•  60
    Reconsidering Reid's geometry of visibles
    Philosophical Quarterly 52 (209): 602-620. 2002.
    In his 'Inquiry', Reid claims, against Berkeley, that there is a science of the perspectival shapes of objects ('visible figures'): they are geometrically equivalent to shapes projected onto the surfaces of spheres. This claim should be understood as asserting that for every theorem regarding visible figures there is a corresponding theorem regarding spherical projections; the proof of the theorem regarding spherical projections can be used to construct a proof of the theorem regarding visible f…Read more
  •  54
    Intending to Aid
    Law and Philosophy 33 (1): 1-40. 2014.
    Courts and commentators are notoriously puzzled about the mens rea standards for complicity. Accomplices intend to aid, but what attitude need they have towards the crimes that they aid? This paper both criticizes extant accounts of the mens rea of complicity and offers a new account. The paper argues that an intention can commit one to an event’s occurrence without committing one to promoting the event, or making it more likely to take place. Under the proposed account of the mens rea of compli…Read more
  •  47
    Waldron's Locke and Locke's Waldron: A review of Jeremy Waldron's God, Locke, and equality (review)
    with Nomi M. Stolzenberg
    Inquiry: An Interdisciplinary Journal of Philosophy 49 (2). 2006.
    This Article does not have an abstract
  •  45
    Trying, Intending, and Attempted Crimes
    Philosophical Topics 32 (1-2): 505-531. 2004.
  •  44
    Manifest activity: Thomas Reid's theory of action
    Oxford University Press. 2004.
    Manifest Activity presents and critically examines the model of human power, the will, our capacities for purposeful conduct, and the place of our agency in the natural world of one of the most important and traditionally under-appreciated philosophers of the 18th century: Thomas Reid. For Reid, contrary to the view of many of his predecessors, it is simply manifest that we are active with respect to our behaviours; it is manifest, he thinks, that our actions are not merely remote products of fo…Read more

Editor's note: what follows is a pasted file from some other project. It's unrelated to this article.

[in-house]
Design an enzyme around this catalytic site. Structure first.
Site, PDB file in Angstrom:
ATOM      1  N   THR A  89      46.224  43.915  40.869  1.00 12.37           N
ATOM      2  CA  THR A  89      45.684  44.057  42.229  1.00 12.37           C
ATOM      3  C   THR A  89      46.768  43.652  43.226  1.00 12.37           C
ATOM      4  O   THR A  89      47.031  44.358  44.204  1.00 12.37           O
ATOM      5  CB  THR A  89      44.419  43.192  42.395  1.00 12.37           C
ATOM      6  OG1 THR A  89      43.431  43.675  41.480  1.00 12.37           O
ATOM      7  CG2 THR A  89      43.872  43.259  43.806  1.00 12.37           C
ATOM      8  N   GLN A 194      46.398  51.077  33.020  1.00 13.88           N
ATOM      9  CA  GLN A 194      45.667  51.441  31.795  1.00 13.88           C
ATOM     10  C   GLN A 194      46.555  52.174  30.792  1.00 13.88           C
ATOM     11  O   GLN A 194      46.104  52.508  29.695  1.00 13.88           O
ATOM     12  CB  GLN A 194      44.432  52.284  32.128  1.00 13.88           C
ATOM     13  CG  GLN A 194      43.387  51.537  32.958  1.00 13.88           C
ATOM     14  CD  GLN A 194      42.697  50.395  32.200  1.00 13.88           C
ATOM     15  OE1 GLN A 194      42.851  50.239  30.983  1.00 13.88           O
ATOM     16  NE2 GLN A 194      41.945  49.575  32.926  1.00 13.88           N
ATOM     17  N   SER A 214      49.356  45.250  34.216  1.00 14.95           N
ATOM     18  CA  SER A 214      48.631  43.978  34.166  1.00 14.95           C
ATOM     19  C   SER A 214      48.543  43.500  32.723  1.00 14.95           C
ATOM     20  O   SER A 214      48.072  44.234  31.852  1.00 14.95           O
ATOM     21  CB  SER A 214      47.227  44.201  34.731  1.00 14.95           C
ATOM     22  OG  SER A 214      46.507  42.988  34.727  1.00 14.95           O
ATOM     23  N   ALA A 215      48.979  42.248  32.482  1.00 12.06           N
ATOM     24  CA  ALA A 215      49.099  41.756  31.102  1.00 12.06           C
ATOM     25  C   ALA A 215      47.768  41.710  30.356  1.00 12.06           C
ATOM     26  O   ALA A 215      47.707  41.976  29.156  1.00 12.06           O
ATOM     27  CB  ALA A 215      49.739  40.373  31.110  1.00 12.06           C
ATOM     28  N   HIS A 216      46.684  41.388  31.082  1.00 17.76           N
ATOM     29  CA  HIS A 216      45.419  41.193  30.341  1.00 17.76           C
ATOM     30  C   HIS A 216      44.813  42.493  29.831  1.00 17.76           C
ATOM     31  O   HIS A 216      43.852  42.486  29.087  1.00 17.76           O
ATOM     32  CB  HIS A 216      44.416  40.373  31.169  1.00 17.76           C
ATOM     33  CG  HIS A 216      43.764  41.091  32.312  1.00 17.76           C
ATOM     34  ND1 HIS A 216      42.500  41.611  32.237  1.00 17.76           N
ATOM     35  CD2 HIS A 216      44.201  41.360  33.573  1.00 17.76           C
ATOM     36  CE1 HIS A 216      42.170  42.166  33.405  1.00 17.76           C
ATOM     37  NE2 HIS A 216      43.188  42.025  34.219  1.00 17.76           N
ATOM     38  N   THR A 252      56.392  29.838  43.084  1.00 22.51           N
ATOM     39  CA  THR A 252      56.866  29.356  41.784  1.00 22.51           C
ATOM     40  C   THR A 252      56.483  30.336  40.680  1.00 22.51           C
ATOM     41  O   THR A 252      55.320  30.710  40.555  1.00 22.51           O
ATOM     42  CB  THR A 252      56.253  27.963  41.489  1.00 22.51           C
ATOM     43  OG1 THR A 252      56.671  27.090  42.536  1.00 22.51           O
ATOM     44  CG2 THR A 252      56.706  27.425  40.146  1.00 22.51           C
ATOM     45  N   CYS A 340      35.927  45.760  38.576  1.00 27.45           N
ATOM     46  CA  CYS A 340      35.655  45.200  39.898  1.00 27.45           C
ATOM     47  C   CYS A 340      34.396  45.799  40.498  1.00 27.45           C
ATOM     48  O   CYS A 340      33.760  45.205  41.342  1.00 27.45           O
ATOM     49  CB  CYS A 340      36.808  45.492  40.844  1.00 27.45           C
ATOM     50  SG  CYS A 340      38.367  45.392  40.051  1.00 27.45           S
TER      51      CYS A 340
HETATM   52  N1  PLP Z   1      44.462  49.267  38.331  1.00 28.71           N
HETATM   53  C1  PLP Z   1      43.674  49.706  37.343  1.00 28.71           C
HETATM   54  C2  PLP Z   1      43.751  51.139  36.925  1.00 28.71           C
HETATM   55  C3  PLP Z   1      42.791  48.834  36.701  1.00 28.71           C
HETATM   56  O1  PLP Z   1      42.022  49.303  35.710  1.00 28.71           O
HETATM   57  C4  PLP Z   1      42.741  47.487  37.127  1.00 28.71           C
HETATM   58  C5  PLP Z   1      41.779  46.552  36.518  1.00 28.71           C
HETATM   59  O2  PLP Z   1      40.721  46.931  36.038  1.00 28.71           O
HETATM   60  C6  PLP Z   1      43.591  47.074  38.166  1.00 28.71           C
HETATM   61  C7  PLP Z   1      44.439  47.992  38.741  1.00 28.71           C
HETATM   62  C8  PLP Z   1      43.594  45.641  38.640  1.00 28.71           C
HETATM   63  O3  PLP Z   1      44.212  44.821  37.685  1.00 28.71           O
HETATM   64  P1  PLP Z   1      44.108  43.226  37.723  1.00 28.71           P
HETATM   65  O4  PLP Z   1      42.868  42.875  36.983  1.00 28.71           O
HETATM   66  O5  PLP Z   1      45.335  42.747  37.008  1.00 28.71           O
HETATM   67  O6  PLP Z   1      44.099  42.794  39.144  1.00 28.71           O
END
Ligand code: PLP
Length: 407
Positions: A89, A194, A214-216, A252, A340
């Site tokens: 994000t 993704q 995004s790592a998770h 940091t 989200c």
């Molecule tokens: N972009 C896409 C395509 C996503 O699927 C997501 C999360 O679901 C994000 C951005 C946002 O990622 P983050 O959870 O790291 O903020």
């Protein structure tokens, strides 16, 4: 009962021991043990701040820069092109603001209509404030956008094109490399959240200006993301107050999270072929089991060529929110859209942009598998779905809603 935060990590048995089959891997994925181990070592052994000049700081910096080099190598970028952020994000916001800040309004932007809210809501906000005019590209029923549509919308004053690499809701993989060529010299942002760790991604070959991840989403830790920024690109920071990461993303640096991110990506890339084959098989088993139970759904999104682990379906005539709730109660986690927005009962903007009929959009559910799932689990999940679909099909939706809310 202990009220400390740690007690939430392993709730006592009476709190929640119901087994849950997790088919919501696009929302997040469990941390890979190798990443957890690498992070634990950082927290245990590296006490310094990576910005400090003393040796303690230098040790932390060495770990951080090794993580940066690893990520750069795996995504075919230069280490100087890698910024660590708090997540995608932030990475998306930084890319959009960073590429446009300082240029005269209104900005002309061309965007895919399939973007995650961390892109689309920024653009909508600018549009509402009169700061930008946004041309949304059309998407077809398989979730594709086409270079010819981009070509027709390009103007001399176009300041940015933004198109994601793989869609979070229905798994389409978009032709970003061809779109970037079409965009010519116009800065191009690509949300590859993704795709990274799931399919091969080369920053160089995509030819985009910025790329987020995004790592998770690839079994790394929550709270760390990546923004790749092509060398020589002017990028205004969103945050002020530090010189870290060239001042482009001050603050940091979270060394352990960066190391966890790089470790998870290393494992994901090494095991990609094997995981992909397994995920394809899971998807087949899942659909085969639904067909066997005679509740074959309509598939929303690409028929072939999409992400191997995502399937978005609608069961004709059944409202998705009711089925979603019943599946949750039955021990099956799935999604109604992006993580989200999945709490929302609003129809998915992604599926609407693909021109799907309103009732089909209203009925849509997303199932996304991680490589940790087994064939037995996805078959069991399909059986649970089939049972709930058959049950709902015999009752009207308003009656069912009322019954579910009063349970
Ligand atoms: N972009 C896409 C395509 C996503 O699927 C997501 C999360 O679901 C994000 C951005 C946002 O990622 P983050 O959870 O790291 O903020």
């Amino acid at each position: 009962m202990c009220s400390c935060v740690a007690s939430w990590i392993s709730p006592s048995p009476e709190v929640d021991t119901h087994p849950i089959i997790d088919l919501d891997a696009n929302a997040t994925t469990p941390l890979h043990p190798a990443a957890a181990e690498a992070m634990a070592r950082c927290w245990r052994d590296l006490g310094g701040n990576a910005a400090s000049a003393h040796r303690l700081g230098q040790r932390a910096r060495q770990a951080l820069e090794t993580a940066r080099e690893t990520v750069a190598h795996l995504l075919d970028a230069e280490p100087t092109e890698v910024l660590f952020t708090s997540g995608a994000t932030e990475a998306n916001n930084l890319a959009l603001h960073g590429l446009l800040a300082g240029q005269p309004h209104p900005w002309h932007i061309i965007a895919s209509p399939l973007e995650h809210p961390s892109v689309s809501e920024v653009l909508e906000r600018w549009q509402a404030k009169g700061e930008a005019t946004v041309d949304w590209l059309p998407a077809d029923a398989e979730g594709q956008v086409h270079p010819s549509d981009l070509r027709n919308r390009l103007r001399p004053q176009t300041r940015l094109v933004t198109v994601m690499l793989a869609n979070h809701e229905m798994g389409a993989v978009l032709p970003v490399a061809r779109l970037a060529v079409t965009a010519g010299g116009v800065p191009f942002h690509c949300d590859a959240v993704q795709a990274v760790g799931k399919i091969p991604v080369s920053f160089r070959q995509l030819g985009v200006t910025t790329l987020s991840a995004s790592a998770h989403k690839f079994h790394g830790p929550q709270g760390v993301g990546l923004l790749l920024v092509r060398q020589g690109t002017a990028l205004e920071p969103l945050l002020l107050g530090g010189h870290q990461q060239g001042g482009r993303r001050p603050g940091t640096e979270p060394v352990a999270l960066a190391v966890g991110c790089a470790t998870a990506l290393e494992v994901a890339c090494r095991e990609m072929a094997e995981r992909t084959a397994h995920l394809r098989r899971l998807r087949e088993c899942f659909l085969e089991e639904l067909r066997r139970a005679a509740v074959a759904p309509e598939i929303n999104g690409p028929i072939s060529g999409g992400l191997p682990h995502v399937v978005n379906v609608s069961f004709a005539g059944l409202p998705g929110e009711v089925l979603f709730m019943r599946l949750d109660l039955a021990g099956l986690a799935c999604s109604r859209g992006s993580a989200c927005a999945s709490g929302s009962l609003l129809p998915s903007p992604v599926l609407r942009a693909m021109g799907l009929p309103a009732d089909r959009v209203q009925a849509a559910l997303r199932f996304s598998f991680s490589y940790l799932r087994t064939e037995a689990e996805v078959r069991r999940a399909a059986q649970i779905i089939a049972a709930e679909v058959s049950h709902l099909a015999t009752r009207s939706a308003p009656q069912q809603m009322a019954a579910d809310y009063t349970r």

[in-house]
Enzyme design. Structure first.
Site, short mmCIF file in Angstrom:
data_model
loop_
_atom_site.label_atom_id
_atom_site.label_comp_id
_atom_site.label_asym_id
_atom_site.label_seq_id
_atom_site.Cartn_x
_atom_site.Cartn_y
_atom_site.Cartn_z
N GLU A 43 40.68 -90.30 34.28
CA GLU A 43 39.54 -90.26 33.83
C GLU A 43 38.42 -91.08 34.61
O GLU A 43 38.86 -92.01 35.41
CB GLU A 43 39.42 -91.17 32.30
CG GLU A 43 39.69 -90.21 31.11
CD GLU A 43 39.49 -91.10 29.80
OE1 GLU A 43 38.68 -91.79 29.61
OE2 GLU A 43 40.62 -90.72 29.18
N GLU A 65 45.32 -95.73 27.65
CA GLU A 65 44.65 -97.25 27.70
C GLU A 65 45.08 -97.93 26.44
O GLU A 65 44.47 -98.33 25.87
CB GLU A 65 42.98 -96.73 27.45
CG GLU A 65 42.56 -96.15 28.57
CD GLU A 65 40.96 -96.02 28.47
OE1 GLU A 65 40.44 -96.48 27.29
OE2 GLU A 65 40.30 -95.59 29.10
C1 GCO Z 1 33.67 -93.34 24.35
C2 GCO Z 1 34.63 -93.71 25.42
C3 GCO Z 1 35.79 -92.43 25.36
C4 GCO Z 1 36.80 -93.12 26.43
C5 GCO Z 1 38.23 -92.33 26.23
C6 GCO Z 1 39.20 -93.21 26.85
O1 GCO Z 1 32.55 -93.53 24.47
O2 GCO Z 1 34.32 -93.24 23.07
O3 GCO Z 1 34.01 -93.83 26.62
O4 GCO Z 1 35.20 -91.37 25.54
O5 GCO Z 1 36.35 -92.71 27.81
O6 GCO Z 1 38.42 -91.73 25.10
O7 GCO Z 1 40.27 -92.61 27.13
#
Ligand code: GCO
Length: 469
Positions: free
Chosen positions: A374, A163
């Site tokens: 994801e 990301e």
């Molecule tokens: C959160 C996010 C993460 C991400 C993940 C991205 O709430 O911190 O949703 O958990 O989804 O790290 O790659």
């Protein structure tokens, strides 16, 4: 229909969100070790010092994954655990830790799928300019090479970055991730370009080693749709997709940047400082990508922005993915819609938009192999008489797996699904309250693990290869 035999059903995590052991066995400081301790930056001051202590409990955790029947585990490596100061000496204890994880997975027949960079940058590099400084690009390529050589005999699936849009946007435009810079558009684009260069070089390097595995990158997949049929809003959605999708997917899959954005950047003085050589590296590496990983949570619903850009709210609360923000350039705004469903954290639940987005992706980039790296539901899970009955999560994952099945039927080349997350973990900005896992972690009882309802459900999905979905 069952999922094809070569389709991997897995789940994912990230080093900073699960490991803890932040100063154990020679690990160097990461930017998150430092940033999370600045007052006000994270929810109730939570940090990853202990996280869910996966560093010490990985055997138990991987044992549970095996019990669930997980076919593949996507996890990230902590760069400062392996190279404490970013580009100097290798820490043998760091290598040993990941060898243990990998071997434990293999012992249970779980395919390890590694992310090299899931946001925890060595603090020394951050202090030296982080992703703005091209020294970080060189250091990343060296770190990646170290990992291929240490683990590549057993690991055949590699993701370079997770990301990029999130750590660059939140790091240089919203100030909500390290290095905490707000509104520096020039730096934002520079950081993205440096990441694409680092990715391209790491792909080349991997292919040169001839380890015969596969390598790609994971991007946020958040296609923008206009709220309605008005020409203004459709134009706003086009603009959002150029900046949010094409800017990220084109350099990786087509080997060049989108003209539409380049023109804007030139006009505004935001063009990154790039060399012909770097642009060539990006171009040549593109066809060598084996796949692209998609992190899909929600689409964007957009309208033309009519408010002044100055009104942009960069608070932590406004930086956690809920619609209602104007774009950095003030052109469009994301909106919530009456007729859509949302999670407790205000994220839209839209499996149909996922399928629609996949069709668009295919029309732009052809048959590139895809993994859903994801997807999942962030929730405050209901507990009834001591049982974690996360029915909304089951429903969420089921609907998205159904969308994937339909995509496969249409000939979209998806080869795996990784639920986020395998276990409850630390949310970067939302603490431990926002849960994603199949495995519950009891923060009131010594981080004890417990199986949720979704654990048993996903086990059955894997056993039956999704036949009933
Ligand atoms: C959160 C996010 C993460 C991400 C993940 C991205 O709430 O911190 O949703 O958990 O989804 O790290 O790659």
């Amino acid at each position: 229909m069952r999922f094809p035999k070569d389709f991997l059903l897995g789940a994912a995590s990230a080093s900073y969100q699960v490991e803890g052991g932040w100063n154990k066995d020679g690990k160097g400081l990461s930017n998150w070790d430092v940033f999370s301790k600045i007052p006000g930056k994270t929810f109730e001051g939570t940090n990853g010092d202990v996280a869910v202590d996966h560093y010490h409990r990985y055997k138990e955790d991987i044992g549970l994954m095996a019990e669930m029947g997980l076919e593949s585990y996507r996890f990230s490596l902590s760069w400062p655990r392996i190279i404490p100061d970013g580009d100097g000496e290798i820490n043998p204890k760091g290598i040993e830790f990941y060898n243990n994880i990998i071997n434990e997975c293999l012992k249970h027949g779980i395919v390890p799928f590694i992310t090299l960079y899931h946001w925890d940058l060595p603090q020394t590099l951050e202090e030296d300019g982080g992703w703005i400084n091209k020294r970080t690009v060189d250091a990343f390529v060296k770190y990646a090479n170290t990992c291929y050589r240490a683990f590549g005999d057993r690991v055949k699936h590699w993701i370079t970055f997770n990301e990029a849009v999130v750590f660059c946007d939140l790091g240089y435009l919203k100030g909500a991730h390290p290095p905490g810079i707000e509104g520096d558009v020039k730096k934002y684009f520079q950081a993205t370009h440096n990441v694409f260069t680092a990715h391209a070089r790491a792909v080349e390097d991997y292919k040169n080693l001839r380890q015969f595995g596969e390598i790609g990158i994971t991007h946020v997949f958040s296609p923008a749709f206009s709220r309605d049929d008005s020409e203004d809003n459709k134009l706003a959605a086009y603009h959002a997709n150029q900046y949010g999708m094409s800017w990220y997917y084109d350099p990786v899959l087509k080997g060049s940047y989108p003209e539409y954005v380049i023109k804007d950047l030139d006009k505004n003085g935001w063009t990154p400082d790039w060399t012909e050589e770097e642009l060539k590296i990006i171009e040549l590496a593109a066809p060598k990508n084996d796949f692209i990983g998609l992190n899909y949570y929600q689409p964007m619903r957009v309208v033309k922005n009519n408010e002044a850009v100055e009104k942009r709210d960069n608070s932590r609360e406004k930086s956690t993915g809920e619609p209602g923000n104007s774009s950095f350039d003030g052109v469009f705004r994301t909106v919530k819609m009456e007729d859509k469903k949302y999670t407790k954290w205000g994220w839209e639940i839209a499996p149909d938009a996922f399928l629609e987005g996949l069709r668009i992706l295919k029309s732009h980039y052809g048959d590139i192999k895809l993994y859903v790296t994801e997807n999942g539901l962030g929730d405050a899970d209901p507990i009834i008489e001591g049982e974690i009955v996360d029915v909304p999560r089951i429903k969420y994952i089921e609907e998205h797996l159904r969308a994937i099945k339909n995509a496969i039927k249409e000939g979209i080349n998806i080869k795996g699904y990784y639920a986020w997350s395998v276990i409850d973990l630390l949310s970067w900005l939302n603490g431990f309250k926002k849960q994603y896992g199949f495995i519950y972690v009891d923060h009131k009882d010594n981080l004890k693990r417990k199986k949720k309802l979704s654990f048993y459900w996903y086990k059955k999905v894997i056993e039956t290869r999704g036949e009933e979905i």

•  44
    Desert for Wrongdoing
    The Journal of Ethics 20 (1-3): 149-171. 2016.
    Much government and personal conduct is premised on the idea that a person made thereby to suffer deserves that suffering thanks to prior wrongdoing by him. Further, it often appears that one kind of suffering is more deserved than another and, in light of that, conduct inflicting the first is superior, or closer to being justified than conduct inflicting the second. Yet desert is mysterious. It is far from obvious what, exactly, it is. This paper offers and argues for a theory of comparative de…Read more
  •  40
    Comments on John Fischer's My Way
    Philosophy and Phenomenological Research 80 (1): 251-258. 2010.
  •  39
    Liberty Worth the Name: Locke on Free Agency
    Princeton University Press. 2000.
    This is the first comprehensive interpretation of John Locke's solution to one of philosophy's most enduring problems: free will and the nature of human agency. Many assume that Locke defines freedom as merely the dependency of conduct on our wills. And much contemporary philosophical literature on free agency regards freedom as a form of self-expression in action. Here, Gideon Yaffe shows us that Locke conceived free agency not just as the freedom to express oneself, but as including also the f…Read more
  •  37
    Time in the movies
    Midwest Studies in Philosophy 27 (1). 2003.
  •  36
    More Attempts: A Reply to Duff, Husak, Mele and Walen (review)
    Criminal Law and Philosophy 6 (3): 429-444. 2012.
    In this paper, I reply to the very thoughtful comments on my book by Antony Duff, Doug Husak, Al Mele and Alec Walen
  •  34
    Moore on causing, acting, and complicity
    Legal Theory 18 (4): 437-458. 2012.
    In Michael Moore's important book Causation and Responsibility, he holds that causal contribution matters to responsibility independently of its relevance to action. We are responsible for our actions, according to Moore, because where there is action, we typically also find the kind of causal contribution that is crucial for responsibility. But it is causation, and not action, that bears the normative weight. This paper assesses this claim and argues that Moore's reasons for it are unconvincing…Read more